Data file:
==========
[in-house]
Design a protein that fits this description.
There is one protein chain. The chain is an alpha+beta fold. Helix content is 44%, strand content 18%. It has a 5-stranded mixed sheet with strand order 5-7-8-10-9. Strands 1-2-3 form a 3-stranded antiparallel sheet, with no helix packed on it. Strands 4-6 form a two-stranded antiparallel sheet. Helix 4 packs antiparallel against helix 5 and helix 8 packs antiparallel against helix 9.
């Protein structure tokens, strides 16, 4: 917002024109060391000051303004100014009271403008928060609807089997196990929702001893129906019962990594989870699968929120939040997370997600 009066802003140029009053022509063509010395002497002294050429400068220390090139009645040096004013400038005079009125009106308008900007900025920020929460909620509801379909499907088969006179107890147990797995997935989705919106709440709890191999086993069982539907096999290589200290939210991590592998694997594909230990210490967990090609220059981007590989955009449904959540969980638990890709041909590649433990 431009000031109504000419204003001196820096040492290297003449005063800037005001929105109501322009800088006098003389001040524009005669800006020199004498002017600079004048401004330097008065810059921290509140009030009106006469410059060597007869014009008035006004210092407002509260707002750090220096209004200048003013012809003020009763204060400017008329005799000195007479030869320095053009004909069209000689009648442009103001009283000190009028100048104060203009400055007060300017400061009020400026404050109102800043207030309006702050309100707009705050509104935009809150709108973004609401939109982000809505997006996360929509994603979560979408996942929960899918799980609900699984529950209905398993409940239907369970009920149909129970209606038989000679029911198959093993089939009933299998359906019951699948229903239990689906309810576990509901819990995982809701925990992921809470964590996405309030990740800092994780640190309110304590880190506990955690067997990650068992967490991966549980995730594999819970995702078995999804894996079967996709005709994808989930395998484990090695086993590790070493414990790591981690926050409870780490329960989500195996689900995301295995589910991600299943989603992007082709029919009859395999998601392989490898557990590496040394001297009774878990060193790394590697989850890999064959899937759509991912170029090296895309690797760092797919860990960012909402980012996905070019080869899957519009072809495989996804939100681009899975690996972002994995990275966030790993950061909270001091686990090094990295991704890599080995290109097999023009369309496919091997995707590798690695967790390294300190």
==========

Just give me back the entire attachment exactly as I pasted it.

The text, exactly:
[in-house]
Design a protein that fits this description.
There is one protein chain. The chain is an alpha+beta fold. Helix content is 44%, strand content 18%. It has a 5-stranded mixed sheet with strand order 5-7-8-10-9. Strands 1-2-3 form a 3-stranded antiparallel sheet, with no helix packed on it. Strands 4-6 form a two-stranded antiparallel sheet. Helix 4 packs antiparallel against helix 5 and helix 8 packs antiparallel against helix 9.
């Protein structure tokens, strides 16, 4: 917002024109060391000051303004100014009271403008928060609807089997196990929702001893129906019962990594989870699968929120939040997370997600 009066802003140029009053022509063509010395002497002294050429400068220390090139009645040096004013400038005079009125009106308008900007900025920020929460909620509801379909499907088969006179107890147990797995997935989705919106709440709890191999086993069982539907096999290589200290939210991590592998694997594909230990210490967990090609220059981007590989955009449904959540969980638990890709041909590649433990 431009000031109504000419204003001196820096040492290297003449005063800037005001929105109501322009800088006098003389001040524009005669800006020199004498002017600079004048401004330097008065810059921290509140009030009106006469410059060597007869014009008035006004210092407002509260707002750090220096209004200048003013012809003020009763204060400017008329005799000195007479030869320095053009004909069209000689009648442009103001009283000190009028100048104060203009400055007060300017400061009020400026404050109102800043207030309006702050309100707009705050509104935009809150709108973004609401939109982000809505997006996360929509994603979560979408996942929960899918799980609900699984529950209905398993409940239907369970009920149909129970209606038989000679029911198959093993089939009933299998359906019951699948229903239990689906309810576990509901819990995982809701925990992921809470964590996405309030990740800092994780640190309110304590880190506990955690067997990650068992967490991966549980995730594999819970995702078995999804894996079967996709005709994808989930395998484990090695086993590790070493414990790591981690926050409870780490329960989500195996689900995301295995589910991600299943989603992007082709029919009859395999998601392989490898557990590496040394001297009774878990060193790394590697989850890999064959899937759509991912170029090296895309690797760092797919860990960012909402980012996905070019080869899957519009072809495989996804939100681009899975690996972002994995990275966030790993950061909270001091686990090094990295991704890599080995290109097999023009369309496919091997995707590798690695967790390294300190």